KINSHASA (Reuters) - Democratic Republic of Congo is banning right-hand drive cars in an effort to improve dire road safety, angering drivers in the vast country’s south and east where most vehicles have the steering wheel on the right.
Congolese drive on the right-hand side of the road. The majority of cars in the west of the former Belgian colony, where the capital Kinshasa is located, are imported from continental Europe and are therefore left-hand drive.
But vehicles in the south and east are mostly brought in from Asia via neighbouring Kenya, Tanzania and Zambia, former British colonies where cars are right-hand drive.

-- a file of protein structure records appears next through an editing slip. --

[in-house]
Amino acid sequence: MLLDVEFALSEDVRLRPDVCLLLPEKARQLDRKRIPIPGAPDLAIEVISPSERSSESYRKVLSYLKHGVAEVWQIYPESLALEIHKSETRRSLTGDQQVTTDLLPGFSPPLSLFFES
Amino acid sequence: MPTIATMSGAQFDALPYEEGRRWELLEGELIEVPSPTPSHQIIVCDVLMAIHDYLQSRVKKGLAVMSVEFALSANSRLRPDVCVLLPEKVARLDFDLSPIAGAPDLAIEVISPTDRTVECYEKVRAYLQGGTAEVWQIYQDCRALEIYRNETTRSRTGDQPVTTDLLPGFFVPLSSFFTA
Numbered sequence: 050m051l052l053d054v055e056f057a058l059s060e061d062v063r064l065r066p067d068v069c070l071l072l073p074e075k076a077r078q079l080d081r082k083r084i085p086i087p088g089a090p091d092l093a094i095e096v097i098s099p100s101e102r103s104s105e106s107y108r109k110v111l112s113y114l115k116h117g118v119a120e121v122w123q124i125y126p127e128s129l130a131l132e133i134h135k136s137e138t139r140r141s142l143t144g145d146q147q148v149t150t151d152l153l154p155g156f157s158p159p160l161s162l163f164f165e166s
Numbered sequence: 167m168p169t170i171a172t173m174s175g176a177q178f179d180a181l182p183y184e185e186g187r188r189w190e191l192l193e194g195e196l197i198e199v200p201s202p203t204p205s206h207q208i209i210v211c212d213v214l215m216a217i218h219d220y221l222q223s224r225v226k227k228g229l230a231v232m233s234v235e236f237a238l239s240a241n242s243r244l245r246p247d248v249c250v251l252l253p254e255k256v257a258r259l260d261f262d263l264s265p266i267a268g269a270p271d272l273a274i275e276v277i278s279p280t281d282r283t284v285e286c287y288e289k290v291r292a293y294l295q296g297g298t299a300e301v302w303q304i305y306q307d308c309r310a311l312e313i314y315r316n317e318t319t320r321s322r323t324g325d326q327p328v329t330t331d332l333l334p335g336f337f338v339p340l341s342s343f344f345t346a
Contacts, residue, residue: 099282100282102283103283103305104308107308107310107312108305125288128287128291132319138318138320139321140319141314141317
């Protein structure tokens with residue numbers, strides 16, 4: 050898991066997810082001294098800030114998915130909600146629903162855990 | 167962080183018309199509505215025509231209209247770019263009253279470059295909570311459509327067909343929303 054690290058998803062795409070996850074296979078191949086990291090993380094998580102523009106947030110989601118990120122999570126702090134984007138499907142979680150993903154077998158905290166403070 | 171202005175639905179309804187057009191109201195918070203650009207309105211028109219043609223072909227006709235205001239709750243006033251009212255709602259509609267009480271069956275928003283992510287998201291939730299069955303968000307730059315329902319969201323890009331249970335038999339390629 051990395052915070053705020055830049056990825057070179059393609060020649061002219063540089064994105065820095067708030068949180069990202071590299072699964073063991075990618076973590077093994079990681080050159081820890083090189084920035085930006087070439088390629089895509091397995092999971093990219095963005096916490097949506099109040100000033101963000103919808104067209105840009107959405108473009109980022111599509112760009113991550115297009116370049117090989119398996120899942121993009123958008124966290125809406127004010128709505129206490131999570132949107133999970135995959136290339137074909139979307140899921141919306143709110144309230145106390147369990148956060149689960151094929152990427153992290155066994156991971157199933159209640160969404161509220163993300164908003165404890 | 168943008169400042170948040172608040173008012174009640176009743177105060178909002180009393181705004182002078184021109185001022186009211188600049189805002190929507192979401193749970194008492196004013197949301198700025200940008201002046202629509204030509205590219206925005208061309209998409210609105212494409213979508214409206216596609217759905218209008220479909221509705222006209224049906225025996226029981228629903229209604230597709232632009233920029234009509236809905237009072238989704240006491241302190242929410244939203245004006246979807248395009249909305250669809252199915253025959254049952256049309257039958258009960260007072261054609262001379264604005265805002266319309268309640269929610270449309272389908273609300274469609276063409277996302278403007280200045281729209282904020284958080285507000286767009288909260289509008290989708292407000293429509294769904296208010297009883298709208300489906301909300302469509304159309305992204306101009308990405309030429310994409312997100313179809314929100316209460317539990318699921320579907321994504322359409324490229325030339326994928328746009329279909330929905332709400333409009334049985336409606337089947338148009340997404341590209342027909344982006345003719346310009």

“Vehicles with the steering wheel on the right are the cause of a lot of accidents on our country’s roads,” Gilles-Benjamin Saidi Kampene, president of the national road safety commission, told Reuters on Tuesday.
“We have granted a 12-month period to give them time to put the steering wheel on the left, and after that they will be banned,” he said.
Some Congolese motorists said the ban was unrealistic.
“Even if I could afford to buy another car, you can’t even find a left-hand drive here,” taxi driver Joseph Kabwe told Reuters from Lubumbashi, capital of the southeastern province of Katanga.
Our Standards: The Thomson Reuters Trust Principles.